Besty will tell you that even some of the most experienced hookers can and will get the yips, just as kickers from time to time forget how to find the posts. However kickers at least have the benefits of an established percentage system which most ‘in the know’ fans will often allude to and which tempers hyperbolic criticism to an extent. Hookers should be judged in the same way and it would make criticism much clearer if the figures on throws were more widely used. As an example, being able to say that ‘Hooker A is a 75% thrower, but only 20% go to the back, compared to B who hits 70% but with 35% to the tail’ is a much more informative and transparent means of comparison.


There may be some players I’ve missed out and apologies if so but I think these are the main men in the number 2 jersey at Connacht for the last 5 or 6 years. Something stands out when you look at this group of players – with the exception of Cronin they are all varying degrees of average. Now don’t get me wrong they have given their all for Connacht and at times shown some good qualities, but there’s nothing extra about them. We can’t disregard the value of a hooker who can be depended upon to throw well, scrummage well and make their tackles, but if that’s all they can do then they will be a passenger for long portions of the game.


The best hookers also excel in at least one other facet of play, effectively taking on the role of an auxiliary flanker or prop, around the field or in Cronin’s case another centre. For the most part these players haven’t really offered that, at least not consistently, and in my opinion Connacht have suffered as a result. That’s why Heffernan is such an exciting prospect as he appears to still have the pace and strength of a back rower while also having learned the specialist skills of a hooker fairly quickly. Harris-Wright was also a back row, as many hookers have been in the past, but just doesn’t seem to get around the field in the same manner as a Heffernan or Cronin type.


It doesn’t have to be all fancy dan runs either; Best is great as a seven type player, able to get over the opposition player and ball on the ground and contest the ball. He’s not pacey in the flat out sense but he’ll get to rucks quickly and efficiently and does his work extremely well. There are plenty of other examples of quality hookers who fulfil either the running or jackaling backrow role, such as Schalk Brits, Richard Hibbard, Stephen Moore and of course Bismarck du Plessis, one of the few players who can tackle with such ferocity that even a legal challenge results in a yellow card.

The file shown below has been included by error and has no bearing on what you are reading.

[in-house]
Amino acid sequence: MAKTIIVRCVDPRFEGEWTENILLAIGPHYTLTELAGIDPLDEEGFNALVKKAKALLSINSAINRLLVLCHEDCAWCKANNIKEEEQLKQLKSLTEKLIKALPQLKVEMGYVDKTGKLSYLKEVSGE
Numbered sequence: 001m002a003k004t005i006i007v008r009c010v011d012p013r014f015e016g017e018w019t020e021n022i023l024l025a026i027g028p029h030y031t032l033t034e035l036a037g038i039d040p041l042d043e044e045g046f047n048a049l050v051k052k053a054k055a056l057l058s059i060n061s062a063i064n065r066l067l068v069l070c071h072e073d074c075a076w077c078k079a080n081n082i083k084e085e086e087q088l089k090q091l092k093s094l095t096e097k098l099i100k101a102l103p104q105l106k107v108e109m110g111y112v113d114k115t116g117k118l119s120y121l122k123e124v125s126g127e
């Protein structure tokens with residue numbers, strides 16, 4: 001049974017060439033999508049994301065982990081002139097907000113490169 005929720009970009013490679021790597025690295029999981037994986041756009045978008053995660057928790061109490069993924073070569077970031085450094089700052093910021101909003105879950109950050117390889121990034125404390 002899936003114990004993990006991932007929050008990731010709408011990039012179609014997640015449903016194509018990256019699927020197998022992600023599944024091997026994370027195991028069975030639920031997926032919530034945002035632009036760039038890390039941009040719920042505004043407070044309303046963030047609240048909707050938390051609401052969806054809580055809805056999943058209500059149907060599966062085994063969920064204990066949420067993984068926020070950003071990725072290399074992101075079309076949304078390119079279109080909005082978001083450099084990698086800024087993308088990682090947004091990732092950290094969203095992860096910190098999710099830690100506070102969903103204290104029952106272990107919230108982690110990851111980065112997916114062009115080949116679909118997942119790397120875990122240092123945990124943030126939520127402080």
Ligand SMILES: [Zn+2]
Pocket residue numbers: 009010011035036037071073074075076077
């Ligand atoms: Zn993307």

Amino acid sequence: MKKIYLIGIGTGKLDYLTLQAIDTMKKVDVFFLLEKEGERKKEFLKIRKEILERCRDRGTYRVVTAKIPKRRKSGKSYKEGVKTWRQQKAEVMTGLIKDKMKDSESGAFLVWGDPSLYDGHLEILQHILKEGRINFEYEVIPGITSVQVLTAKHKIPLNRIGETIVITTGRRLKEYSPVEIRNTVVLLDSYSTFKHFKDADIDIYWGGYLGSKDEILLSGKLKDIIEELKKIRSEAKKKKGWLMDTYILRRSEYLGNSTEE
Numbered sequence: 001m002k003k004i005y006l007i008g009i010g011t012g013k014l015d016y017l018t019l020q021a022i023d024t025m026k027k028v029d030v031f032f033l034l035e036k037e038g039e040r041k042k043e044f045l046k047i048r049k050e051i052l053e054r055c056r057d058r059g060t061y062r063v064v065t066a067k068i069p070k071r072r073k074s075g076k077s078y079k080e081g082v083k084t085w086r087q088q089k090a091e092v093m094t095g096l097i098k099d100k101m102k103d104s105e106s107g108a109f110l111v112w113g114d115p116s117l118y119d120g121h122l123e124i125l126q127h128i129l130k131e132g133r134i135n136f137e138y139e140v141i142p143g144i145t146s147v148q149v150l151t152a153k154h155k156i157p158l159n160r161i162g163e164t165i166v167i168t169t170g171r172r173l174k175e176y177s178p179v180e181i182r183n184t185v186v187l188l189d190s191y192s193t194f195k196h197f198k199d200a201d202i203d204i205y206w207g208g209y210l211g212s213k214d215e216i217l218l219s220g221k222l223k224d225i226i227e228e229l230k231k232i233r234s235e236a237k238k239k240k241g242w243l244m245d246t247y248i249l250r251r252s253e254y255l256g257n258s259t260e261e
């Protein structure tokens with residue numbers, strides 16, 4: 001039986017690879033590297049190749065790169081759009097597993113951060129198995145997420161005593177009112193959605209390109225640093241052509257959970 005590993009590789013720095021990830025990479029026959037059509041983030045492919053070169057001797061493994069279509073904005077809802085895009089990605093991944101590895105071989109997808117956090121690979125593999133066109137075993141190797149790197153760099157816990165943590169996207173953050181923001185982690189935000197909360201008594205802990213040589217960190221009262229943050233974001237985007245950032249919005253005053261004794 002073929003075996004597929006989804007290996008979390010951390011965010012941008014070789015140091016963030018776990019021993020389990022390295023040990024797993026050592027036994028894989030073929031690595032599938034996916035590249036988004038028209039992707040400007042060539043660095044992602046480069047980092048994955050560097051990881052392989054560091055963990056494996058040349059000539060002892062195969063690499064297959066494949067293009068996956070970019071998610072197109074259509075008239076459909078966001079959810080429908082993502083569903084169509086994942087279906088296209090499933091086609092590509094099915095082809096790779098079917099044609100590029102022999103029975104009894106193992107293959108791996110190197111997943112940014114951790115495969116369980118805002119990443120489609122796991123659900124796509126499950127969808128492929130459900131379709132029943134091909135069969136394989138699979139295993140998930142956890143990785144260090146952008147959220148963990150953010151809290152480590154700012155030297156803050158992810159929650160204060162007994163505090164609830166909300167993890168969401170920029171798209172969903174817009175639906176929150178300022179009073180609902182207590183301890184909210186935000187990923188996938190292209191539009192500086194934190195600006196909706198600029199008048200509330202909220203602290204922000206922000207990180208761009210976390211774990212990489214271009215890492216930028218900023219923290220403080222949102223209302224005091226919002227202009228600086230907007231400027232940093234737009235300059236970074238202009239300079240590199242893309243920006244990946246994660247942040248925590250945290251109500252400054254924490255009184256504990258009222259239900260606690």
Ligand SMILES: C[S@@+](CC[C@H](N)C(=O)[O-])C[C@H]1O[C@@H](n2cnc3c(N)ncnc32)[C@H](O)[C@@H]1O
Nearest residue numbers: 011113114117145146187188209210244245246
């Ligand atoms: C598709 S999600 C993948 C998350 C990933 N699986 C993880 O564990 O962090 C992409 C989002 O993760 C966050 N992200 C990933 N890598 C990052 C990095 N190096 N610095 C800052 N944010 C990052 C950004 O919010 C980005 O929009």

Dan Carter, about to have his shoulder rearranged through the power of du Plessis.



Having a hooker who can fulfill a secondary role whether it be as ball carrier or ball stealer is nearly essential to any teams success these days, and also offers an important back up for when your primary players are injured or just busy elsewhere on the pitch. While Sean O’Brien is out Leinster can look to Cronin for significant carries. Ulster and Ireland use Best over the ball, freeing up their respective sevens to make carries, or simply offering more opportunity to steal the opposition ball because there are now two jackals in the team instead of one. Hibbard might not even know how to spell pass but he sucks in defenders when he carries, setting up Wales with front foot ball and possibly shaking the defensive line loose. Du Plessis in particular is a one man wrecking crew.


I’m not trying to say Connacht’s current hookers should be comparable to the best in the world in their position, that would be foolhardy. But the simple fact of the matter is with ball in hand there’s very little to recommend about our current and former hookers.


Connacht have at times attempted to emulate Penney ball this season under Lam, minus the media coverage. We’ve seen forwards hanging out on the wings and we’ve seen them asked to make carries repeatedly. For the most part our hookers just aren’t up to it, and when coupled with a relatively lightweight back row that quickly becomes a major problem as you’re left asking your props to make the majority of hard yards. Even if they are capable of doing so, limiting your options so much quickly becomes apparent to the opposition.

In time Heffernan might become that player who can play around the field as well as in the set piece, but in the short term it would behove Connacht to try and find a strong ball carrier for next season. It might seem like a tall order but no one would have believed a Super XV winning captain was likely to sign for Connacht either. Likewise given our injuries at seven this season a Best-type hooker would have been a huge asset. I’m not suggesting it would mean we don’t need a seven on the field but it would certainly have helped. Connacht either through upskilling our present hookers or buying in must try and fill one or both of these hooker roles for next season.